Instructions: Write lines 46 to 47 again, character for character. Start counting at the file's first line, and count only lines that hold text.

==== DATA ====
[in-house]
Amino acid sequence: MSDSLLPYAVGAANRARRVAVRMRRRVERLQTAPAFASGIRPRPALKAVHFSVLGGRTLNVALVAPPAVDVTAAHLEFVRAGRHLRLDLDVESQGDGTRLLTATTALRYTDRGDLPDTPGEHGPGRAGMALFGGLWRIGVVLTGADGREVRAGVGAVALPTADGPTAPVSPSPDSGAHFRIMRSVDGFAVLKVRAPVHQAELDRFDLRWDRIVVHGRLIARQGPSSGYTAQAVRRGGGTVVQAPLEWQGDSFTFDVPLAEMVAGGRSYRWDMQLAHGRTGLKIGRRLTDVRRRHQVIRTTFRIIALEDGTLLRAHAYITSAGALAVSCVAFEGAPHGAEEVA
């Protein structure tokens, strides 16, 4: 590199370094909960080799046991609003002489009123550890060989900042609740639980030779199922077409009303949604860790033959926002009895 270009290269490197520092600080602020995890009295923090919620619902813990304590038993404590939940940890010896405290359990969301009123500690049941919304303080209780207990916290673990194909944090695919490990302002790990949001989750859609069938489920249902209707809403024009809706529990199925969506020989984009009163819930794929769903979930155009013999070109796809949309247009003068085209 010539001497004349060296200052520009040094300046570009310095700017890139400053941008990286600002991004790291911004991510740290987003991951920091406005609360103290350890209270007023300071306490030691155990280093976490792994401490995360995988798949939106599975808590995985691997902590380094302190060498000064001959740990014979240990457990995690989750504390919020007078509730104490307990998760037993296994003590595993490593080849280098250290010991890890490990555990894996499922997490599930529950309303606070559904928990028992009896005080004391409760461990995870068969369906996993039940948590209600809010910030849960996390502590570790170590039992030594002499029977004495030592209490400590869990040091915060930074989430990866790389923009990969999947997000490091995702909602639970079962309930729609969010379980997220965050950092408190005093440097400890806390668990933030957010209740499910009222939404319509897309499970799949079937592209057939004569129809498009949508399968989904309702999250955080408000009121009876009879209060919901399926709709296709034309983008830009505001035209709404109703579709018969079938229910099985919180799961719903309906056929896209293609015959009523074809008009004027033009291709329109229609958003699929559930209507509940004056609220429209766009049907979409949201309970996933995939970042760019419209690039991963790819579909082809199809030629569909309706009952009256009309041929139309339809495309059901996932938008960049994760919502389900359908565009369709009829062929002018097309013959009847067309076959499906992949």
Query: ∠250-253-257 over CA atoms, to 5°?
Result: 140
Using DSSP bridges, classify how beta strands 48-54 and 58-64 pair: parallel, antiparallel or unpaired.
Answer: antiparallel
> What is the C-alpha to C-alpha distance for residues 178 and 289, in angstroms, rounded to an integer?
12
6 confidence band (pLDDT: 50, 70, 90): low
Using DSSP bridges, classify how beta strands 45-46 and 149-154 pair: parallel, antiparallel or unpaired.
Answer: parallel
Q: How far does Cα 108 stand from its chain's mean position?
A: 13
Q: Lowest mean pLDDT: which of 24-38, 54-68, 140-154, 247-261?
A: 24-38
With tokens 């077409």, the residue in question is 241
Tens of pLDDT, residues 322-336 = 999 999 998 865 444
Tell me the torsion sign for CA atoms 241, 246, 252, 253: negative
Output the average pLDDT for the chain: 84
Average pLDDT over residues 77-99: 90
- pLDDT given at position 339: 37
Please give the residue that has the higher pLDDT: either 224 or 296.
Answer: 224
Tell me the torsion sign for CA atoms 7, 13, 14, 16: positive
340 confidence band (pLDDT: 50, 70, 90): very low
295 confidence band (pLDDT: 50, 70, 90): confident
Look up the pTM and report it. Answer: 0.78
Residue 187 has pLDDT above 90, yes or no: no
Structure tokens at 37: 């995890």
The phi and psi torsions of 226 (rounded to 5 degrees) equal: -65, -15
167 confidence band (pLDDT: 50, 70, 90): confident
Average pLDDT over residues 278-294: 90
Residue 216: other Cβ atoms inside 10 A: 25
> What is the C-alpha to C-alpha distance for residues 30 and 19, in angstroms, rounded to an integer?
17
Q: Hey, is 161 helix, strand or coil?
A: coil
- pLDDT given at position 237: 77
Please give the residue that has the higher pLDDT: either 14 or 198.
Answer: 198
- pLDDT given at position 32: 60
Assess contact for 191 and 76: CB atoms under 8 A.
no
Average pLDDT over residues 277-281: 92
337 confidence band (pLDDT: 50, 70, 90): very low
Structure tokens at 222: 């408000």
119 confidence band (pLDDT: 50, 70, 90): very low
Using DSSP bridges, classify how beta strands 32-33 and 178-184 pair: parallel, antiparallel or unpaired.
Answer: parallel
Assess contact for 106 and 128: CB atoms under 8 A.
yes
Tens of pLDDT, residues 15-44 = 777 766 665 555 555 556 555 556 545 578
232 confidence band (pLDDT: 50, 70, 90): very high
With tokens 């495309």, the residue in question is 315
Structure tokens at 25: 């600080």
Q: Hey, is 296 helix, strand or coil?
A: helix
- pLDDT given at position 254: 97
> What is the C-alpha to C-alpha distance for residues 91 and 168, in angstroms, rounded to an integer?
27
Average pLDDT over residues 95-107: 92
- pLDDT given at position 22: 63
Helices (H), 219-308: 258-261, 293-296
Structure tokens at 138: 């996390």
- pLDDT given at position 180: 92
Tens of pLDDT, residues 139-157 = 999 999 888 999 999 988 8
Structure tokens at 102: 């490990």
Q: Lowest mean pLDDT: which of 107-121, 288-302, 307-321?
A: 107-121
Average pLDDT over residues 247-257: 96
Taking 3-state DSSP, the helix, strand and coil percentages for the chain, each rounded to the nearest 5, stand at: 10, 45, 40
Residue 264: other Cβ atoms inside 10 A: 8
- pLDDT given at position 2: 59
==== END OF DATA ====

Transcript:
337 confidence band (pLDDT: 50, 70, 90): very low
Structure tokens at 222: 């408000």